[whatwg] Proposal in supporting the writing of "Arabizi"
seljabali at gmail.com
Sun Dec 4 20:05:48 PST 2011
By not moving IME's off OSes, you're asking every OS connecting to the
internet to support this feature. Netbooks for example, may just have a
native web browser on it. Would its OS then need to implement its own IME
for a few languages for their entry? Instead its web browser could just
support the input field, given they can render them.
On Sun, Dec 4, 2011 at 5:17 PM, Mark Callow <callow_mark at hicorp.co.jp>wrote:
> Why do you feel it is necessary to sway IME's off OSes? As far as I know
> the OS ones are all freely downloadable or included in OS distributions.
> The downloadable ones are not even as hard to find as they used to be.
> They're needed for all text input fields across the system. They're
> complicated enough that I wouldn't want to have to learn different ones
> in different applications.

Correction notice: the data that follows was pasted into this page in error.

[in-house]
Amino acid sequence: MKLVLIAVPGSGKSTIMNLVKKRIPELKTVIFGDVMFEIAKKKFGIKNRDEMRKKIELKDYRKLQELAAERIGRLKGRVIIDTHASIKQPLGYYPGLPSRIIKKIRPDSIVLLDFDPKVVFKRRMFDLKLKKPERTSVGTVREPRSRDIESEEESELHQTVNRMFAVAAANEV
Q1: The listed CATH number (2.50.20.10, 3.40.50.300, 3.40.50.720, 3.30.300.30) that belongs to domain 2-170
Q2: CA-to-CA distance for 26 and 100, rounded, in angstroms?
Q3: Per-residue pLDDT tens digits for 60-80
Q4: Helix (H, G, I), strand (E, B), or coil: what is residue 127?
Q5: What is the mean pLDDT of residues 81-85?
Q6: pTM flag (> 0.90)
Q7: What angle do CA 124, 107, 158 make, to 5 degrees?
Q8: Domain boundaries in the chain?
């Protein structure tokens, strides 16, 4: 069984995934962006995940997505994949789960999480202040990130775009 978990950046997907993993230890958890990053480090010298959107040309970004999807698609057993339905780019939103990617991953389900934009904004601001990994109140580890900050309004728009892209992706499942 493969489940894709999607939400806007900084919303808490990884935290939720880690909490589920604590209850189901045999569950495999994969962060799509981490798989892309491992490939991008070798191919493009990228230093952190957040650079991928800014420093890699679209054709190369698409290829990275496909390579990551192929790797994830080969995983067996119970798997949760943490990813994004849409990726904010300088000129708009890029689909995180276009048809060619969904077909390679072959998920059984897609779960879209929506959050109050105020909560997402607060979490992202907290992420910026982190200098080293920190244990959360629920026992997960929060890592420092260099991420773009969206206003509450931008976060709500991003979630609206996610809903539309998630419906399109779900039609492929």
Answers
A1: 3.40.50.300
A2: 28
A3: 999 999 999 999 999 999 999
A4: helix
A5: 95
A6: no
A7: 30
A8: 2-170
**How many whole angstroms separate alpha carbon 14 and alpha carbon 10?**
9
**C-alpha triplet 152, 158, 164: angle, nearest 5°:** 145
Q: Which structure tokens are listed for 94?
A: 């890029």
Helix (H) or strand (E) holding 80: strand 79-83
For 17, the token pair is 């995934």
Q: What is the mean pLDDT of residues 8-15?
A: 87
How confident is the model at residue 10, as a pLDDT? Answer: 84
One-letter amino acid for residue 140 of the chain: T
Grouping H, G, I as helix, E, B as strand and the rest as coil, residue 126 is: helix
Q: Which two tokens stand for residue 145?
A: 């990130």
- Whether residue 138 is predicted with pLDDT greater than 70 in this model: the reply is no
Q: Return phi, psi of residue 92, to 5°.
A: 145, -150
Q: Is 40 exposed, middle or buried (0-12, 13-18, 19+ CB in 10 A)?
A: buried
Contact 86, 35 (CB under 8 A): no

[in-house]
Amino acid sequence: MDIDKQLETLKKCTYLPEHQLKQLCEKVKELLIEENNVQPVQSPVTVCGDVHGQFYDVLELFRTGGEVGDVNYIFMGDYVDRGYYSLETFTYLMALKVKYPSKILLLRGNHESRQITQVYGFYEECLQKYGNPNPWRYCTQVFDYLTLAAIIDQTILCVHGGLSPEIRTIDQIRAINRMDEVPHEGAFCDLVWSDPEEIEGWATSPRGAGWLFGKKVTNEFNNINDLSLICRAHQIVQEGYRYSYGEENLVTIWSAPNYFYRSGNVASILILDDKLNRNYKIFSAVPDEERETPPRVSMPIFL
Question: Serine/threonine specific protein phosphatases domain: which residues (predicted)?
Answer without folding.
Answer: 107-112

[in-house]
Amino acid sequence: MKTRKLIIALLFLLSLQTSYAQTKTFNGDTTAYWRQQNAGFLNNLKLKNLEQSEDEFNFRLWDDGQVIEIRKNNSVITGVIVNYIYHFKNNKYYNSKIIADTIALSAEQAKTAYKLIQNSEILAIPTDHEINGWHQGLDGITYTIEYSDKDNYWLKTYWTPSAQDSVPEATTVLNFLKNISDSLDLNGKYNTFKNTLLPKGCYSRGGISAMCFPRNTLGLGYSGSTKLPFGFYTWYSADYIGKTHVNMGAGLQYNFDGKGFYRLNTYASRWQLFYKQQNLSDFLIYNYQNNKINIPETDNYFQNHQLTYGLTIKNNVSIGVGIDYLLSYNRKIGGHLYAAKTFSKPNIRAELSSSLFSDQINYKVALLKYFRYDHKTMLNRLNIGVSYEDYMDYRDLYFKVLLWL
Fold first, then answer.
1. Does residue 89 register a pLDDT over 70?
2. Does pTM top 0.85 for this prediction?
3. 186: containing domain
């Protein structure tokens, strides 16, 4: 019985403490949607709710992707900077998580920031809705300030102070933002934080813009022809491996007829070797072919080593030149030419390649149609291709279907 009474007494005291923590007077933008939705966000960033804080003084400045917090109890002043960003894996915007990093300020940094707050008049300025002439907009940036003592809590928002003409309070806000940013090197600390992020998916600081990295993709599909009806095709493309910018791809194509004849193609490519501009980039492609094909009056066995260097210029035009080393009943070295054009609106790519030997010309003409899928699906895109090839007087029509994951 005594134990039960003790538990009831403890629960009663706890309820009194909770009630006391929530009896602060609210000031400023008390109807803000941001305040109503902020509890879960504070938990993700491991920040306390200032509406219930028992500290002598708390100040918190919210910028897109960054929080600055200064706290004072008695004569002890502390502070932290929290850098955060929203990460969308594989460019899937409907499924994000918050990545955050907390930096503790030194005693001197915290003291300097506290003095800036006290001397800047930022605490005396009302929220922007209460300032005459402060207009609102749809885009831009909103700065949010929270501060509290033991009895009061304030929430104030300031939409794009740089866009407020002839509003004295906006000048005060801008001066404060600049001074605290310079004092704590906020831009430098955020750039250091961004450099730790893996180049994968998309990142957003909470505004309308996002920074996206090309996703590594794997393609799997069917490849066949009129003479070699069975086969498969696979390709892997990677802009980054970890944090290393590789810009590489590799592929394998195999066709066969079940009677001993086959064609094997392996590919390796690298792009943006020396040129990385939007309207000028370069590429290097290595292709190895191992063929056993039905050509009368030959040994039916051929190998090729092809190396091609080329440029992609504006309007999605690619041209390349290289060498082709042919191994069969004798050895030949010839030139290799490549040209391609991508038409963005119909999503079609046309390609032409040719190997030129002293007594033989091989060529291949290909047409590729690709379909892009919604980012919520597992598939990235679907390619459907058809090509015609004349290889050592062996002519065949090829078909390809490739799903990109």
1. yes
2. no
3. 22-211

> I quite agree about the dictionaries and not just for IMEs. I have a
> ridiculous number of English dictionaries installed on my system, e.g.,
> one in Thunderbird, one in Firefox, one in MS Office, one in XMLMind,
> one in Foxit Reader plus a host of others. I also have separate copies
> of the _same_ Japanese dictionaries in Thunderbird and Firefox for use
> by the Rikaichan plug-in. However having dictionary look-up only
> available as a network service is a very dangerous way to go from the
> perspective of civil rights and liberties. It needs to be a service
> available locally perhaps with an option to go to the network.
> On 05/12/2011 07:42, Sami Eljabali wrote:
> > Thanks Mark for the clarification, and thanks all for the feedback. To
> > valid point however, regarding the result of bloated web browsers storing
> > each language's dictionary, I feel more thought could be put in swaying
> > IME's off OSs, as it is limiting in availability for all. That said,
> > couldn't we have have 'dictionary look-ups' be served as a service? It
> > could follow the search services model available today, where users
> > their provider to be used by the browser itself. This would allow room
> > providers to even emerge given possible incentives or others including
> > noting trends circulating via users speaking x,y, or z languages. Worst
> > case, one could look into a peer-to-peer solution, where users donate
> > bandwidth/cpu for others. Your thoughts on this are appreciated.
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